Book Smuggler’s Day

March 16 is Lithuanian Book Smugglers Day in commemoration of the birth in 1846 of Jurgis Bielinis, founder of the Lithuanian book distribution network.

Smugglers transported Lithuanian language books printed in the Latin alphabet into Lithuanian-speaking areas of the Russian Empire, defying a ban on such material in force from 1864 to 1904. Opposing imperial Russian authorities’ efforts to replace the traditional Latin orthography with Cyrillic, book smugglers became a symbol of Lithuanians’ resistance to Russification.

Dozens of book smuggling organizations transported an estimated 30 to 40 thousand books annually. About a third of the books were seized by the authorities. If caught, book smugglers were punished by fines, banishment, exile to Siberia, or simply shot.

The ban’s spectacular lack of success was finally recognized by the end of the 19th century, and under the official pretext that the minorities within the Russian Empire needed to be pacified, the ban on Lithuanian-language publications was lifted.

In 1905, one of the book smugglers, Juozas Masiulis, opened his own bookstore in Panevėžys. This bookstore is still operational, and a chain of bookstores operates in Lithuania under his name.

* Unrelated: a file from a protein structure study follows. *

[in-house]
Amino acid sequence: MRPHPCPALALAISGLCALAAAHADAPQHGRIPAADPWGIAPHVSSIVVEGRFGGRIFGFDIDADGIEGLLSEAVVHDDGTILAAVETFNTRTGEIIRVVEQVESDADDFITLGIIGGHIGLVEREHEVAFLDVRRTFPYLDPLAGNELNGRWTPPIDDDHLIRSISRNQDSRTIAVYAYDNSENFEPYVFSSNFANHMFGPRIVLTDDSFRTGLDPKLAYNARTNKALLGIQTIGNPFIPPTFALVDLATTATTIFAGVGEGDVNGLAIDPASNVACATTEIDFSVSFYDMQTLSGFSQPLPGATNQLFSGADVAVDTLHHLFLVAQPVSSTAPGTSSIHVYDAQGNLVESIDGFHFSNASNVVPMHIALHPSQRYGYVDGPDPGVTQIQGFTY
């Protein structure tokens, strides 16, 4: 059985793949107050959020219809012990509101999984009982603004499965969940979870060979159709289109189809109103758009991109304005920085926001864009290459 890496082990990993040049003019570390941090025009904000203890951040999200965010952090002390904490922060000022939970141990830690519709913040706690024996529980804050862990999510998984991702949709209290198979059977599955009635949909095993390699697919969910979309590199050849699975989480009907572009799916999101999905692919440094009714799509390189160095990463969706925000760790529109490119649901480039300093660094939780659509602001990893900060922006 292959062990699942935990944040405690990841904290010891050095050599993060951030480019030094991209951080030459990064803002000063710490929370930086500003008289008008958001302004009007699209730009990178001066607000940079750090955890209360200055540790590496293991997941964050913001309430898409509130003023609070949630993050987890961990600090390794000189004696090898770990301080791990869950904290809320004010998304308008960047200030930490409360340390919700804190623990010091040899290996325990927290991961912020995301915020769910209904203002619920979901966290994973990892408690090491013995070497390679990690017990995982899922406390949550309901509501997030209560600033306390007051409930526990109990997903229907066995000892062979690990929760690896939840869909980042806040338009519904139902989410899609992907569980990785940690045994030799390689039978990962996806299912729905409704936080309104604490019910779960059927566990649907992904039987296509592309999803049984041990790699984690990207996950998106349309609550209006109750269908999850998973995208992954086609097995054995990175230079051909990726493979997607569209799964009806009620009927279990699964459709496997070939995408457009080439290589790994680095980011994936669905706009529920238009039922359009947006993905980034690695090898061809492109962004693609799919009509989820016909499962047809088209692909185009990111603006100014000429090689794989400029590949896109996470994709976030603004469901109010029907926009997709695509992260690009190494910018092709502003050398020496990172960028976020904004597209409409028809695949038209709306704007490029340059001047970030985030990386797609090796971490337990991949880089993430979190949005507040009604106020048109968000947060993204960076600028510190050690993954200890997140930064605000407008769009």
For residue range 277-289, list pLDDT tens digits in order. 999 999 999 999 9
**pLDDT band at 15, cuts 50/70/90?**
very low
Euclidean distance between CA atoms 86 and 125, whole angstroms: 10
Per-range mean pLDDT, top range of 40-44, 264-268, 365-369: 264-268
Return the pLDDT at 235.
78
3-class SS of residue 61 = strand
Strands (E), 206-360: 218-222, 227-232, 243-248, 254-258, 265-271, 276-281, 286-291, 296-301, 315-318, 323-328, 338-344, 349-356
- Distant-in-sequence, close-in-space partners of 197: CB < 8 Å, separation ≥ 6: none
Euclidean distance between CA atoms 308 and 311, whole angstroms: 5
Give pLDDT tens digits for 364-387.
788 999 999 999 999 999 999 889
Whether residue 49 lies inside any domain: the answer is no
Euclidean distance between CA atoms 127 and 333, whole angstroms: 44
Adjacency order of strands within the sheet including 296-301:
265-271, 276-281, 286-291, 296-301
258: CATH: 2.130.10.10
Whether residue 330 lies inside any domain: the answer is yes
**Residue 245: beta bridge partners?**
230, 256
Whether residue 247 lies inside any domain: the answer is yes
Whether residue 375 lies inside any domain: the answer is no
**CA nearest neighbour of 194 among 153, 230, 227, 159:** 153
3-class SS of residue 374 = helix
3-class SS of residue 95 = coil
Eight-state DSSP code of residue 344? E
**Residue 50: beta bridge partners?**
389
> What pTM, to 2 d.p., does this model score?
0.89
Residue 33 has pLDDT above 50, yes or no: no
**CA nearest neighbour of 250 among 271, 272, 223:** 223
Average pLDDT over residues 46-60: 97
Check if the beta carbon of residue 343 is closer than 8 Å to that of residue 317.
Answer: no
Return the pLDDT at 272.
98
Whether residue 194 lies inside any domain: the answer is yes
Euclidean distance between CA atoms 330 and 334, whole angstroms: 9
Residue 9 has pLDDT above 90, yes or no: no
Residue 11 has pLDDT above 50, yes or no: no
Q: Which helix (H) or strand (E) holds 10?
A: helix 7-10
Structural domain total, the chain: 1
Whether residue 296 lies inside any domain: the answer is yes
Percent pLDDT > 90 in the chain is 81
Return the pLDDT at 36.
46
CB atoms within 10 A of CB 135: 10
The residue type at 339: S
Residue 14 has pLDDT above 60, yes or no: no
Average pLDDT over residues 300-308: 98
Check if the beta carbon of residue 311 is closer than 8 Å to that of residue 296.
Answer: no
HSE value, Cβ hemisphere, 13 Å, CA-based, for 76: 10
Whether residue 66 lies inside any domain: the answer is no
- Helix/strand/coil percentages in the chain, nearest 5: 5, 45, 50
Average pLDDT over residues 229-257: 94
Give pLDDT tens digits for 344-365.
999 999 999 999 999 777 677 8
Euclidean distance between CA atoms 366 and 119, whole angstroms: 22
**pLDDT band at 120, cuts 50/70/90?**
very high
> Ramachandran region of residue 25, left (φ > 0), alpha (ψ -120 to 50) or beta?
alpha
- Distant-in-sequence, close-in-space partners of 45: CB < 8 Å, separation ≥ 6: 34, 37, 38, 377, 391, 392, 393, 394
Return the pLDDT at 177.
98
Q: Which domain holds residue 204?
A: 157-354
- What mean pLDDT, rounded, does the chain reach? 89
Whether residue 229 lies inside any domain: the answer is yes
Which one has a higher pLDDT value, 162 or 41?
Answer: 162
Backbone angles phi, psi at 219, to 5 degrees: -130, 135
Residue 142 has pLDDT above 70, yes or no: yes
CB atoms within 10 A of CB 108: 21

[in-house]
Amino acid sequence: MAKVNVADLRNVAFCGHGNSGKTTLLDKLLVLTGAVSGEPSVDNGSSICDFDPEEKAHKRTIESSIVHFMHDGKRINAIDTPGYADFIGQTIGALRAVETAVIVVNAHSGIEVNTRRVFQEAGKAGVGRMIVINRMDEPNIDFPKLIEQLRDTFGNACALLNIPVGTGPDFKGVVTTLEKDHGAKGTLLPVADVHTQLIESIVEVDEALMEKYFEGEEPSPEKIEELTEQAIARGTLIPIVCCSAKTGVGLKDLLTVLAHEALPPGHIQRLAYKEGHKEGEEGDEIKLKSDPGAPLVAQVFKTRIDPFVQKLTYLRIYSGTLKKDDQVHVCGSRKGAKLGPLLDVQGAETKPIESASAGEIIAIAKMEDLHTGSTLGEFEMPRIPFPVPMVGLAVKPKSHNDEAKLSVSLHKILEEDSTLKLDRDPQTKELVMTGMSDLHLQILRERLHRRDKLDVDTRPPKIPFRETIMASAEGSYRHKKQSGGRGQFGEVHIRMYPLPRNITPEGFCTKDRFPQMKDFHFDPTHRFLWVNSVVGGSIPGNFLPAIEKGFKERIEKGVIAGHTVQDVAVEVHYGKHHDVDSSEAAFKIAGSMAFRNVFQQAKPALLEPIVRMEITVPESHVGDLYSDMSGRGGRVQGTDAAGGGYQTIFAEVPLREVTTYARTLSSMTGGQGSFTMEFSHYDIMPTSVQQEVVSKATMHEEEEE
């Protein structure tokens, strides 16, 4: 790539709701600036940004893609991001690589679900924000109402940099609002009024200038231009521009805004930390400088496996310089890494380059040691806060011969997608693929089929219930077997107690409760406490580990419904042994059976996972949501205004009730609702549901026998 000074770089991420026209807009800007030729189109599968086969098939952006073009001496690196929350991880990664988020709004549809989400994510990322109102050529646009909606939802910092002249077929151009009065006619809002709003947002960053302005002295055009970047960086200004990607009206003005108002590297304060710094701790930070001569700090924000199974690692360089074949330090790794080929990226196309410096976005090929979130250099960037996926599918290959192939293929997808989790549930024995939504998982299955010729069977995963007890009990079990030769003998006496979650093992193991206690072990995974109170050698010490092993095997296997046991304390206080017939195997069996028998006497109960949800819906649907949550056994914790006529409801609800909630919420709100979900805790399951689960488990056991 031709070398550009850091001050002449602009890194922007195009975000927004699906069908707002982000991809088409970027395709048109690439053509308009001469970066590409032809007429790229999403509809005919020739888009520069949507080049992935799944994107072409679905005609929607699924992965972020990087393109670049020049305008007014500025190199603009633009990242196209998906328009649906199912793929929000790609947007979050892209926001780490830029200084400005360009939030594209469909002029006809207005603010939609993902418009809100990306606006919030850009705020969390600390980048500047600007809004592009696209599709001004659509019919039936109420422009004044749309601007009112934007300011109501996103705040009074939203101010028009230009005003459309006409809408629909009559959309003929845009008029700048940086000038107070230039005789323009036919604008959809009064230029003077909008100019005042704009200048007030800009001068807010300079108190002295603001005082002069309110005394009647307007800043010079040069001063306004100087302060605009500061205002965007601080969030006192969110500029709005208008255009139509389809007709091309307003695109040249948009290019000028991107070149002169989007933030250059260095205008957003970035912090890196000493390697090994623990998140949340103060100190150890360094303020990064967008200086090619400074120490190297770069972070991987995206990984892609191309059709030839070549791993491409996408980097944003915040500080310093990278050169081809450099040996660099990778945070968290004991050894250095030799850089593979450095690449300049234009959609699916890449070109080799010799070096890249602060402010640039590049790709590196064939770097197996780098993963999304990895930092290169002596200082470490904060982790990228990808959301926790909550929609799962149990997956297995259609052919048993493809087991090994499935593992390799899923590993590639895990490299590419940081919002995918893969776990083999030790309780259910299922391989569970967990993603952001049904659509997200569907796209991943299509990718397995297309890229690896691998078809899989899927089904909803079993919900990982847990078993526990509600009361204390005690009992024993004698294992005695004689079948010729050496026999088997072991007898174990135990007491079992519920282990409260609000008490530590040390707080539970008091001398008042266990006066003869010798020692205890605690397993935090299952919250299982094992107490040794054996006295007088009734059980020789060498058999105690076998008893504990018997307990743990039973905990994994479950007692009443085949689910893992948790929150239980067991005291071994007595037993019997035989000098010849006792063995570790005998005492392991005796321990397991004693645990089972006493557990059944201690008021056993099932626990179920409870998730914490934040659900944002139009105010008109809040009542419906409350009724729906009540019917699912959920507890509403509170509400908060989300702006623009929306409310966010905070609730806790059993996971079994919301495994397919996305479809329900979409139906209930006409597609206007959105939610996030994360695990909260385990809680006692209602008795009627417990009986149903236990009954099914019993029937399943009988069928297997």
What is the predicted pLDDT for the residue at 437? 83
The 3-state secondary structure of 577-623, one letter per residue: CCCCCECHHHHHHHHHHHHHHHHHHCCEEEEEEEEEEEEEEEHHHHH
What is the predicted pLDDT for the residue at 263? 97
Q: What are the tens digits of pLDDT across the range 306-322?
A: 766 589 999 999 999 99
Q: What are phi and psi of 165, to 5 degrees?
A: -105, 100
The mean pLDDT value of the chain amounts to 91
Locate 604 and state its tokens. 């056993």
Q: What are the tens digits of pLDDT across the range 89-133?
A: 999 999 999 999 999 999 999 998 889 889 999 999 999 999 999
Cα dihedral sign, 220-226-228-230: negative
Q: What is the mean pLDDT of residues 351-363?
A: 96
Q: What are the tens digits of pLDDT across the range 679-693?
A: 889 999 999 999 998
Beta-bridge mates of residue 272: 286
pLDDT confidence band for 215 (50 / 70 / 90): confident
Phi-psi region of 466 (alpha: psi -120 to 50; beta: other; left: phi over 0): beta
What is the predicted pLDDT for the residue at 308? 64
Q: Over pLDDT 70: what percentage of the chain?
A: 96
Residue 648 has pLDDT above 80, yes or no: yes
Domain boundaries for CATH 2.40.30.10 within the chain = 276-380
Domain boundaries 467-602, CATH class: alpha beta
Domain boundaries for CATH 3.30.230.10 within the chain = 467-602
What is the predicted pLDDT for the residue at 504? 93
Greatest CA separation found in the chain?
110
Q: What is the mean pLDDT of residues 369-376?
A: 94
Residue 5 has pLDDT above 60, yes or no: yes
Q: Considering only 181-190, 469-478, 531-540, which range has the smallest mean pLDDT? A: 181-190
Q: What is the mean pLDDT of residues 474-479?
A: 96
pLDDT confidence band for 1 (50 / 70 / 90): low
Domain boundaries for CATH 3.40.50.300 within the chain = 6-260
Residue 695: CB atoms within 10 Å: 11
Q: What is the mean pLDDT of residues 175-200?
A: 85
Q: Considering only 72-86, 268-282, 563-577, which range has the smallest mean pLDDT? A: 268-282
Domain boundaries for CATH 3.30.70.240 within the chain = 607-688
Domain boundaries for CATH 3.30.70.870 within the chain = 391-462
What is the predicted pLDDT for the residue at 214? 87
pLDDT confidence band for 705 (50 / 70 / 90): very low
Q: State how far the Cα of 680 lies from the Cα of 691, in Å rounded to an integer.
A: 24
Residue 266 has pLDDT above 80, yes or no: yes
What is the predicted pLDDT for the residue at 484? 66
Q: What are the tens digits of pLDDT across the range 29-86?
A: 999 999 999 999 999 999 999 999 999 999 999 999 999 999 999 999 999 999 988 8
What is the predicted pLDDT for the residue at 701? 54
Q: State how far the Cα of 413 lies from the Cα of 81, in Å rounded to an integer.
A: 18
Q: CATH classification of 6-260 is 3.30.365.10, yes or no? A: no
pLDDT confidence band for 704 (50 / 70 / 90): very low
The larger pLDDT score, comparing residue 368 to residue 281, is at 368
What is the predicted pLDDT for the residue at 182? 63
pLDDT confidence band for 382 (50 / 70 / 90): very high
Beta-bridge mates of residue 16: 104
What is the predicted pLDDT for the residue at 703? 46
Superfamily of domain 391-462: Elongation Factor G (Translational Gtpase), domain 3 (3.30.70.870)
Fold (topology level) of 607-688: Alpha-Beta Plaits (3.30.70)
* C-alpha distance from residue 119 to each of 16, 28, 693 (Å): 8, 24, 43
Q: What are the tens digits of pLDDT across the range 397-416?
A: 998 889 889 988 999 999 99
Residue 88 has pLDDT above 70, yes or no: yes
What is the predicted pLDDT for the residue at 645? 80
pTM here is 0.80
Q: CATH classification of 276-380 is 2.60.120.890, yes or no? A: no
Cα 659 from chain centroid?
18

This image of Jurgis Bielinis, one of the most Lithuanian famous book-smugglers, is in the public domain.

These posts are true to the best of my knowledge at the time of writing. I make no claims as to their accuracy. The purpose is to inform, educate, amuse, and make people aware of causes and opportunities around the world. I also encourage civil debate in the comment section.

Flag Counter

Leave a Reply

Fill in your details below or click an icon to log in:

WordPress.com Logo

You are commenting using your WordPress.com account. Log Out /  Change )

Google photo

You are commenting using your Google account. Log Out /  Change )

Twitter picture

You are commenting using your Twitter account. Log Out /  Change )

Facebook photo

You are commenting using your Facebook account. Log Out /  Change )

Connecting to %s

This site uses Akismet to reduce spam. Learn how your comment data is processed.